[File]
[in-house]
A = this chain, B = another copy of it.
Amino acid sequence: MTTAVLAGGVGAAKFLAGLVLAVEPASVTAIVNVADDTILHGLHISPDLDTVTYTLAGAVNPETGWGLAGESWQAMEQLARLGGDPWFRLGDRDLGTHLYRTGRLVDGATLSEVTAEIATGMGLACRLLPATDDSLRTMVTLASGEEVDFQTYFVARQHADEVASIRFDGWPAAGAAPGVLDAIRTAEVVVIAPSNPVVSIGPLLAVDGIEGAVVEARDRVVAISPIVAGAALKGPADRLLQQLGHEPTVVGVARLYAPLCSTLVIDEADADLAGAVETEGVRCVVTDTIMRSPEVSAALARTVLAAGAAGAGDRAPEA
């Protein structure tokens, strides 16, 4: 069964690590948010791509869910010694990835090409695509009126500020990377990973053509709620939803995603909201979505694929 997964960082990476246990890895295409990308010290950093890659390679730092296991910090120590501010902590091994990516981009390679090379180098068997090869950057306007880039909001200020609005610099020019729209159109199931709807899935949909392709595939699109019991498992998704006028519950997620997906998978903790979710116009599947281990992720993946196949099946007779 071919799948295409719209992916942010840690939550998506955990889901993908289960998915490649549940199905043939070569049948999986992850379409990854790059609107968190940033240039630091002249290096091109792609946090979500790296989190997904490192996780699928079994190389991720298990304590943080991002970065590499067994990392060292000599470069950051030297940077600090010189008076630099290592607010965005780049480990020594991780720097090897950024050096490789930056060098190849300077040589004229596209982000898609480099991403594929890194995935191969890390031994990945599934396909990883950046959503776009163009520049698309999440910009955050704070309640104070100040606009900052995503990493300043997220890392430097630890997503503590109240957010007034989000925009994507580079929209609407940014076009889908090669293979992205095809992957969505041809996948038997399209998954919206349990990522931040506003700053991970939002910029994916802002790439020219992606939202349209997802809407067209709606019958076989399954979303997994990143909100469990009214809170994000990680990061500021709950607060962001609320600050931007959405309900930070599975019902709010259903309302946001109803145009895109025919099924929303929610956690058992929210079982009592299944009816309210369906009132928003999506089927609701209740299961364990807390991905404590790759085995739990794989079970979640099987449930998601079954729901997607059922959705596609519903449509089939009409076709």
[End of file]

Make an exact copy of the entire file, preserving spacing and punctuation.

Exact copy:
[in-house]
A = this chain, B = another copy of it.
Amino acid sequence: MTTAVLAGGVGAAKFLAGLVLAVEPASVTAIVNVADDTILHGLHISPDLDTVTYTLAGAVNPETGWGLAGESWQAMEQLARLGGDPWFRLGDRDLGTHLYRTGRLVDGATLSEVTAEIATGMGLACRLLPATDDSLRTMVTLASGEEVDFQTYFVARQHADEVASIRFDGWPAAGAAPGVLDAIRTAEVVVIAPSNPVVSIGPLLAVDGIEGAVVEARDRVVAISPIVAGAALKGPADRLLQQLGHEPTVVGVARLYAPLCSTLVIDEADADLAGAVETEGVRCVVTDTIMRSPEVSAALARTVLAAGAAGAGDRAPEA
């Protein structure tokens, strides 16, 4: 069964690590948010791509869910010694990835090409695509009126500020990377990973053509709620939803995603909201979505694929 997964960082990476246990890895295409990308010290950093890659390679730092296991910090120590501010902590091994990516981009390679090379180098068997090869950057306007880039909001200020609005610099020019729209159109199931709807899935949909392709595939699109019991498992998704006028519950997620997906998978903790979710116009599947281990992720993946196949099946007779 071919799948295409719209992916942010840690939550998506955990889901993908289960998915490649549940199905043939070569049948999986992850379409990854790059609107968190940033240039630091002249290096091109792609946090979500790296989190997904490192996780699928079994190389991720298990304590943080991002970065590499067994990392060292000599470069950051030297940077600090010189008076630099290592607010965005780049480990020594991780720097090897950024050096490789930056060098190849300077040589004229596209982000898609480099991403594929890194995935191969890390031994990945599934396909990883950046959503776009163009520049698309999440910009955050704070309640104070100040606009900052995503990493300043997220890392430097630890997503503590109240957010007034989000925009994507580079929209609407940014076009889908090669293979992205095809992957969505041809996948038997399209998954919206349990990522931040506003700053991970939002910029994916802002790439020219992606939202349209997802809407067209709606019958076989399954979303997994990143909100469990009214809170994000990680990061500021709950607060962001609320600050931007959405309900930070599975019902709010259903309302946001109803145009895109025919099924929303929610956690058992929210079982009592299944009816309210369906009132928003999506089927609701209740299961364990807390991905404590790759085995739990794989079970979640099987449930998601079954729901997607059922959705596609519903449509089939009409076709």